Police have laid charges against a man accused of forging the signature of Edmonton Oilers star Connor McDavid on what are believed to be authentic team jerseys, then selling them to score big profits.
They say a 23-year-old man contacted several people through Facebook in April 2018 and claimed he was employed by either the Oilers Entertainment Group or Edmonton sports memorabilia retailer Pro Am Sports, and was selling autographed McDavid jerseys.
Investigators believe he sold two sweaters bearing phoney signatures to someone for $1,400.
“Connor McDavid himself did confirm through the Oilers organization that (the signature) is not his,” Const. Derek Burns, one of the investigators on the case, said Thursday.
It’s also alleged that the accused proposed a scheme in which a significant return could be had for investing in the superstar-signed jerseys, which buyers were supposedly lined up to purchase. Police say one person was defrauded of $23,000 earlier this year.
Burns said five people have laid complaints so far about losing money, but added there could be others. Police are asking anyone who has contacted the accused and bought a jersey to come forward.
“Out of the complainants that I’ve dealt with, it’s around $32,000, total,” Burns said while holding a jersey with a forged signature that sold for $350 but carried a price sticker of $249.95.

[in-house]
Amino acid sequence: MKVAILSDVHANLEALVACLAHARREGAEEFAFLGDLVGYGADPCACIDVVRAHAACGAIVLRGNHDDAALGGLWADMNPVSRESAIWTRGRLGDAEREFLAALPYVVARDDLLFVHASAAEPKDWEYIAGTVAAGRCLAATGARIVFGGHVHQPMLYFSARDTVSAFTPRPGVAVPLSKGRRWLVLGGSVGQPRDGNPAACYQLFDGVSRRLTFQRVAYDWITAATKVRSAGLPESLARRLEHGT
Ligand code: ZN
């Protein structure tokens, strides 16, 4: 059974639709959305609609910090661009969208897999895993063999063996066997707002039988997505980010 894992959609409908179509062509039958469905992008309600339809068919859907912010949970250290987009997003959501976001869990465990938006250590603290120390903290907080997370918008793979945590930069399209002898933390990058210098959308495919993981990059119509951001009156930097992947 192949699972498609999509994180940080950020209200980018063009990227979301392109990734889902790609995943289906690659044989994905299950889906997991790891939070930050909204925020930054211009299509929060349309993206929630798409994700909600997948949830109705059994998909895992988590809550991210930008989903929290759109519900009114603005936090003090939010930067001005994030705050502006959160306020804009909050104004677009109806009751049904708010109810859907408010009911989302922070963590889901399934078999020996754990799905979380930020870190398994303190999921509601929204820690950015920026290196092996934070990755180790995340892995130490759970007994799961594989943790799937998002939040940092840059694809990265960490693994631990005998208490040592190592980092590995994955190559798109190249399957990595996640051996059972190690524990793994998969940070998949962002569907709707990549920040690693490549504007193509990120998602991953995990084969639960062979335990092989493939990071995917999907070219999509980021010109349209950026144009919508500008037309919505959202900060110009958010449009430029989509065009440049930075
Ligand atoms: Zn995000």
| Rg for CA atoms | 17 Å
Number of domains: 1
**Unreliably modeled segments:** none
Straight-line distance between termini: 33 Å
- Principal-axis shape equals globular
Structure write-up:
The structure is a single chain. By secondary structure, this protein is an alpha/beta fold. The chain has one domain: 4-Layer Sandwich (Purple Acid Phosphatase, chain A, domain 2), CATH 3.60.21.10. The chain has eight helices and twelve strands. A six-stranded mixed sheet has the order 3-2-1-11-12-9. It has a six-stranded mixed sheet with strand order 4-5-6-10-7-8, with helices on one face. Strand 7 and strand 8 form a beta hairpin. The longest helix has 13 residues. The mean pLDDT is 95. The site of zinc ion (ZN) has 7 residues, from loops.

Police have charged Chandra Vinesh Singh — also known as Vinesh Singh or Vinny — with two counts of fraud, another two of forging documents and one of false pretence. He is to appear in court Sept. 23.
They are also reminding people to be cautious when buying merchandise from non-licensed vendors and individuals online, a sentiment echoed by Jack Cookson, president of Pro Am Sports.
“Education, education, education and do your homework,” he said. “To echo what the police said: ‘If it’s too good to be true, it probably is.’”
He noted that the standard price for an authentic top-quality jersey signed by McDavid is $1,599.95.
Tim Shipton, senior vice-president of the Oilers Entertainment Group, said in a statement issued through police that “this is a good reminder for our fans to always go to trusted sources.”
Ken Trimble, The Canadian Press